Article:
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Exile Tibetan polling for new executive head, parliament conclude successfully

(TibetanReview.net, Apr12’21) – Under the shadow of a highly controversial decision last month of the Tibetan Parliament in Exile to sack the entire panel of justice commissioners of the Tibetan Supreme Justice Commission on a mere dispute about the latter’s jurisdiction over it, exile Tibetans voted on Apr 11 in a final poll to elect a new parliament as well as a new executive head called the Sikyong. Counting of votes will begin on Apr 13 morning, but official results are not due until May 14.

The elected Sikyong and the members of parliament will take their oaths of office at the end of May before the Chief Justice Commissioner, if there will be one by then to administer them.

A total of 83,079 eligible Tibetans living in 26 countries, including 15 in Europe, had registered to vote, according to the Tibetan Chief Election Commissioner Mr Wangdu Tsering Pesur. There has been no information so far of how many actually voted. He said the polling went exceedingly smoothly.

For the Sikyong post, Mr Penpa Tsering had the advantage of nearly 10,000 votes over his lone rival Mr Aukatsang Kelsang Dorjee (Kaydor) from the preliminary poll.

However, it remains to be seen how many of the voters who favoured Ms Dolma Gyari and Mr Dongchung Ngodup during the preliminary poll in sizable numbers at third and fourth positions have voted for which of the two shortlisted candidates this time.

It was a prior decision of the Tibetan Election Commission that there will be only two candidates for the final Sikyong poll. Ms Dolma Gyari was less than 1,000 votes behind Kaydor in the preliminary poll results.

Kaydor campaigned with vigour, travelling to Tibetan communities in hectic schedules to win votes especially from those who had voted in the preliminary poll for the candidates who did not make it to the final poll.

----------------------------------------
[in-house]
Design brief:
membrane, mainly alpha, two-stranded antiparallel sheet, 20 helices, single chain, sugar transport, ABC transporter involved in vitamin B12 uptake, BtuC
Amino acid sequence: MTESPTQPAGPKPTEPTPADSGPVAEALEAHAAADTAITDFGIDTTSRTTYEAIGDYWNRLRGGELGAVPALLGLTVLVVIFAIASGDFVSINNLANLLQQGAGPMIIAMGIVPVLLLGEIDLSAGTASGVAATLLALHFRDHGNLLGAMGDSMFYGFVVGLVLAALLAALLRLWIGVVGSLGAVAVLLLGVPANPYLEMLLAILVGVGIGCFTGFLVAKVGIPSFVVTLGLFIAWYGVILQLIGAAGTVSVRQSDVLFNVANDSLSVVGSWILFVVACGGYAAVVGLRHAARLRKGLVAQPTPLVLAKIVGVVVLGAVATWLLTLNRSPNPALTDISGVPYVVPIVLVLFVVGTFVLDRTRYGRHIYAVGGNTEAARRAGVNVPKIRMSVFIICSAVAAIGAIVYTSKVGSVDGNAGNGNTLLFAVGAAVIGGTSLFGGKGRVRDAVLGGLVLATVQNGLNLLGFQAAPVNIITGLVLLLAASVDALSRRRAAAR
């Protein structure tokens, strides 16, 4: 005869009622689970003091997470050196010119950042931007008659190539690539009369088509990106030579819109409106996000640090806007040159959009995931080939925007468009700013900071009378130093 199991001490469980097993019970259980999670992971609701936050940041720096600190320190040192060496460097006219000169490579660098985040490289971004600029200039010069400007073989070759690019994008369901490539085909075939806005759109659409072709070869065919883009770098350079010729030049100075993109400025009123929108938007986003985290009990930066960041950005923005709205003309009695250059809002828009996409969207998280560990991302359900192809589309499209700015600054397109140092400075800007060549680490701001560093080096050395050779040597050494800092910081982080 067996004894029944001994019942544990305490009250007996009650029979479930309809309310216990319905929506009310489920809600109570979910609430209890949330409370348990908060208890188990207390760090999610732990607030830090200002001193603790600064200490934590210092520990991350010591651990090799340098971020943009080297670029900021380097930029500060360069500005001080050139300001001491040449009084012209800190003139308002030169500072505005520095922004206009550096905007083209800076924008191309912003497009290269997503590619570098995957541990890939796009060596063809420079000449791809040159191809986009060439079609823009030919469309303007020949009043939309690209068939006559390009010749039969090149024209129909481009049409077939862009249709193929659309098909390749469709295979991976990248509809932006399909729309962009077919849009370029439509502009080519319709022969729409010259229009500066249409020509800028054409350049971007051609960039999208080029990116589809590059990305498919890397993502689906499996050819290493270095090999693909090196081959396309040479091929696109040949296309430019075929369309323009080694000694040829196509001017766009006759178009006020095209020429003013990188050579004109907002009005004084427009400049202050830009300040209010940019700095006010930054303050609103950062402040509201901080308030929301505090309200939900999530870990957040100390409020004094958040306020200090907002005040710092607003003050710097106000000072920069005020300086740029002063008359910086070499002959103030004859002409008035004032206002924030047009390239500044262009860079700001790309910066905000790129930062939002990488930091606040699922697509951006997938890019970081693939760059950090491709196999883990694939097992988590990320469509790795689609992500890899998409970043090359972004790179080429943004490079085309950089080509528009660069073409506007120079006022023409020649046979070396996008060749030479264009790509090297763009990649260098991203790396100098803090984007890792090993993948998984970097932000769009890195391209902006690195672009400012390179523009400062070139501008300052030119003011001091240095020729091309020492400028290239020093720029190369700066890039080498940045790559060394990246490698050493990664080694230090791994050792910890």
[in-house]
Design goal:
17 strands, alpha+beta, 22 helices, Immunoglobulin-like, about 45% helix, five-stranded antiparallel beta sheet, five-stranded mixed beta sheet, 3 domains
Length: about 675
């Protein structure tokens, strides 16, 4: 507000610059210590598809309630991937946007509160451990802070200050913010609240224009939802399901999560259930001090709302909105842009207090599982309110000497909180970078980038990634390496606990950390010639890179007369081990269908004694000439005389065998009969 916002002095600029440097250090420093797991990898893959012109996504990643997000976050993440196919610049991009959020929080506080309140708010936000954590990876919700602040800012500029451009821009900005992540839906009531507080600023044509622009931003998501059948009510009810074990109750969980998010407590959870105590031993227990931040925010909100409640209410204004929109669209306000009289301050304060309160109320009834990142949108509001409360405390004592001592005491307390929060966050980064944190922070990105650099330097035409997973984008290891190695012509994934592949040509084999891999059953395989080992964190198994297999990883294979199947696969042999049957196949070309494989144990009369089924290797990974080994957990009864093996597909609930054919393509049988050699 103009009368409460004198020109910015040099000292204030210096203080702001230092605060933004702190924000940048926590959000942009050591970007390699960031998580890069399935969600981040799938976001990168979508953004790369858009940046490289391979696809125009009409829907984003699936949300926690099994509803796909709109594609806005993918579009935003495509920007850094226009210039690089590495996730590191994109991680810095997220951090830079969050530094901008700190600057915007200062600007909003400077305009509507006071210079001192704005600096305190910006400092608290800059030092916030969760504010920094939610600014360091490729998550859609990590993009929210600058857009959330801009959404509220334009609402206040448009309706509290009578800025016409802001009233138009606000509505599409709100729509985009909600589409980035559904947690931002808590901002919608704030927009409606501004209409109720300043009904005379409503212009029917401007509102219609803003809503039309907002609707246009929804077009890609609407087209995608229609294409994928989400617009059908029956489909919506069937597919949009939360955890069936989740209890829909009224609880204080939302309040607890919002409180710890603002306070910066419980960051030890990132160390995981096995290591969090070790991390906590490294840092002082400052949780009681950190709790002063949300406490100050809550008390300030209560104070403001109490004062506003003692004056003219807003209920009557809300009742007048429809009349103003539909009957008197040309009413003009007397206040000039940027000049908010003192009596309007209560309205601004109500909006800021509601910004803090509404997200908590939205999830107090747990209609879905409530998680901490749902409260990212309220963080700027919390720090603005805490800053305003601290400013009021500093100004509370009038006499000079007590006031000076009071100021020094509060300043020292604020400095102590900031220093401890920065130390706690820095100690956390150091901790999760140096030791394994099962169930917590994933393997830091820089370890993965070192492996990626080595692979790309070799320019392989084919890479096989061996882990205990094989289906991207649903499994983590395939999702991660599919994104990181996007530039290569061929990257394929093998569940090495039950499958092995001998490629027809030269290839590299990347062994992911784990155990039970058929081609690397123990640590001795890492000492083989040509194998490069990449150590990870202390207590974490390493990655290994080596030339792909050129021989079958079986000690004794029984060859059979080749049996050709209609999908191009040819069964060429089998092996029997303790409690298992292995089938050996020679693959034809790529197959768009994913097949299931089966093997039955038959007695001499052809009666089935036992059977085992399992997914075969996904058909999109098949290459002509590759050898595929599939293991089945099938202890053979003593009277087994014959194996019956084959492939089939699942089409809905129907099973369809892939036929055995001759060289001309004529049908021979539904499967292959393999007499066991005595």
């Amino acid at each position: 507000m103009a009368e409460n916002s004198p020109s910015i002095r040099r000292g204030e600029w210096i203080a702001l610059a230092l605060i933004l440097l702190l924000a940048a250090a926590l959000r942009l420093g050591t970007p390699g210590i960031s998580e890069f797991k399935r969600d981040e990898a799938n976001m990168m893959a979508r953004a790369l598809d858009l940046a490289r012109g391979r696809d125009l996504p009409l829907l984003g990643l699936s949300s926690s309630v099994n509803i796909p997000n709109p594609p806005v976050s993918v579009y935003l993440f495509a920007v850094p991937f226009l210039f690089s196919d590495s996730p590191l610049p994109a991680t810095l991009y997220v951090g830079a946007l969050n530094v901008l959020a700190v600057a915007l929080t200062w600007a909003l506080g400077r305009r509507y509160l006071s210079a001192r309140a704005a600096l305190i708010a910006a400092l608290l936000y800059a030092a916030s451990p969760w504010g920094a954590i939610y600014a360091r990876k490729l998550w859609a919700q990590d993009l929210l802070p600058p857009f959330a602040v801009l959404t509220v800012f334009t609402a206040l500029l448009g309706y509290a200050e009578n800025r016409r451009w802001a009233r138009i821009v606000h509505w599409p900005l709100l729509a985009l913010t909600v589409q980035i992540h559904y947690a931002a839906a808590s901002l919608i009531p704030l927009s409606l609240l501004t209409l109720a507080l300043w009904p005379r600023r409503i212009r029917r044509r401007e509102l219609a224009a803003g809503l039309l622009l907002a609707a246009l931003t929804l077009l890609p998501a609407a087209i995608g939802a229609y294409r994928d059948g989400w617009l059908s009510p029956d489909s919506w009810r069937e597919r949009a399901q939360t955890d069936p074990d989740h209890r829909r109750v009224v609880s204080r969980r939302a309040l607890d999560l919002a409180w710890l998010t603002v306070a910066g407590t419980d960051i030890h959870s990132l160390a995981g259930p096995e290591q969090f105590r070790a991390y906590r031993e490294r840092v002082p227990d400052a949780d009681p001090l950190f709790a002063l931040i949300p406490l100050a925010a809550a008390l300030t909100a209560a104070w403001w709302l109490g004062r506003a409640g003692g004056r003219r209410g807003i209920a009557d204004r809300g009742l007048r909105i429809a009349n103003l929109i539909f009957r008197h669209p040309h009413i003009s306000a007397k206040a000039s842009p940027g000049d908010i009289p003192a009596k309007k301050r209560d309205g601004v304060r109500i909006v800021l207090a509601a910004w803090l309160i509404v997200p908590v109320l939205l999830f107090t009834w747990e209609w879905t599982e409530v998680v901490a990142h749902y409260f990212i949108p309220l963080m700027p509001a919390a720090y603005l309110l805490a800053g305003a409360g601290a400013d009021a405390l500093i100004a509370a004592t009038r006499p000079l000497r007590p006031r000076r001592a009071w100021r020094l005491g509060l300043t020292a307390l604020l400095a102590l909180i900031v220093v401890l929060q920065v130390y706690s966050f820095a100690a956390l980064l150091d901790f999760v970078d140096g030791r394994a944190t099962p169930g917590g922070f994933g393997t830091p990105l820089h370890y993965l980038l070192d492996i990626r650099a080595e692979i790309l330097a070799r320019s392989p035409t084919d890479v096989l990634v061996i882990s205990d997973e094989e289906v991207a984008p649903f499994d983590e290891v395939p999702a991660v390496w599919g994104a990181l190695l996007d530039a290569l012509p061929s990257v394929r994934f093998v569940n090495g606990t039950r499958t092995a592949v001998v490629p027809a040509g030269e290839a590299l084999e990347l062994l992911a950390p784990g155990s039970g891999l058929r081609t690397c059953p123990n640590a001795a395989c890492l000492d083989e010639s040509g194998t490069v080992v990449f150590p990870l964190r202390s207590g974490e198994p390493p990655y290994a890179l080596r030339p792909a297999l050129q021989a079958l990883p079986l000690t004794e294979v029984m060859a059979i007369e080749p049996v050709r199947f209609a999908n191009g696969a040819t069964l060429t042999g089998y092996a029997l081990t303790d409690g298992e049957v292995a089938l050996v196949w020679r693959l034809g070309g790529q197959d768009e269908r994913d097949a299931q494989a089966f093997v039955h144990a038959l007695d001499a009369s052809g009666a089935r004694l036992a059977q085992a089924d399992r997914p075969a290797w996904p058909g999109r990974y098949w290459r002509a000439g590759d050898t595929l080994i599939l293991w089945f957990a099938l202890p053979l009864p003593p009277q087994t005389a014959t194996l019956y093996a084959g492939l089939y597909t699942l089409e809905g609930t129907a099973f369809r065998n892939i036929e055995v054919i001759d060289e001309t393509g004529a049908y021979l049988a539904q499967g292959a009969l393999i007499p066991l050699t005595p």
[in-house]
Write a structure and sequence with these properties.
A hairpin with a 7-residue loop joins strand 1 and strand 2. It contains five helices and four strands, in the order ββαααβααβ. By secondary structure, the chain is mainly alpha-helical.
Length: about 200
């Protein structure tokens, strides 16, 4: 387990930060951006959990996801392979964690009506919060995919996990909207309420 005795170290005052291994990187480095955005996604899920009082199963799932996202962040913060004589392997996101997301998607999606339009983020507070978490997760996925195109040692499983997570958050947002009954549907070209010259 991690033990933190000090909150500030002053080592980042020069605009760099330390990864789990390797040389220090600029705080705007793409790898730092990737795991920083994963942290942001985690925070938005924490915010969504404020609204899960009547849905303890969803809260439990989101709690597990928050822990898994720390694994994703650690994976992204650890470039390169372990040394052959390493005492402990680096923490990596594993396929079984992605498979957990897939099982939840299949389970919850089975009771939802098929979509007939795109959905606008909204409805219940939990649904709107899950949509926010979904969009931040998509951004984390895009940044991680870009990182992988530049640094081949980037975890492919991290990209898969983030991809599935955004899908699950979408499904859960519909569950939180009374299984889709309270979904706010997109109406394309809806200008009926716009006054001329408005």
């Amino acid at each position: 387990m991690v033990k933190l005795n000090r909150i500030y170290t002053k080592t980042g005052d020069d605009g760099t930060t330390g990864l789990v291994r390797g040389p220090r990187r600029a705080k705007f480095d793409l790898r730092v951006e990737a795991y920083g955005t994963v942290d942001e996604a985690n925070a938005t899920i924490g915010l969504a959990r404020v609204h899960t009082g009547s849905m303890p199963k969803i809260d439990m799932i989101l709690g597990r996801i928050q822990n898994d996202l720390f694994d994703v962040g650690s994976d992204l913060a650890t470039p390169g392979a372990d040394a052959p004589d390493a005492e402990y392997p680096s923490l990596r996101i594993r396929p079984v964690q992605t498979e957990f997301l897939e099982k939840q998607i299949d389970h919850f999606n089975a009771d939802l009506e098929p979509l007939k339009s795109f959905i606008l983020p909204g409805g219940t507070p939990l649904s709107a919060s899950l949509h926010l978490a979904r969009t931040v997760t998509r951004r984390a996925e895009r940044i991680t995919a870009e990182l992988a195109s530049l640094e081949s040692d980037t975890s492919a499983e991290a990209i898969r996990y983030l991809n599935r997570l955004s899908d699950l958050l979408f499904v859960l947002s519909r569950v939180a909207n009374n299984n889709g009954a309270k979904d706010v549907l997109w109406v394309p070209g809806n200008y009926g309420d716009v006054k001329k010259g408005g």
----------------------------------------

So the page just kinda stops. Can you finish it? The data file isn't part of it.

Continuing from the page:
Penpa Tsering, in contrast, limited himself to holding online discussions to explain his agenda, citing the Covid-19 pandemic dangers posed by any physical campaign tour.

Polling was also held simultaneously for the 45-member Tibetan Parliament in exile. The parliament has 10 seats for each of the three traditional provinces of Tibet, two each for the four major Tibetan Buddhist and the pre-Buddhist Bon religious traditions of Tibet, two each for Tibetans in North and South America and Tibetans in Europe, and one for Tibetans in Eurasia excluding those in India, Nepal and Bhutan.

Counting of votes will begin on Apr 13 morning, with the official results of the Sikyong poll due on May 14 and that of the Parliament seats from May 14 to 28.

Counting will end on May 4, which means unofficial final results may be reported by the Tibetan news media by then.

The final poll was less confusing as voters only needed to put a stamp on the names of the candidates they wanted to see elected.

During the preliminary poll, there were no lists of candidates as it was meant to determine who the candidates should be. Voters needed to write the names, the native origins, current occupations and residences etc of the people they wanted to nominated as candidates.

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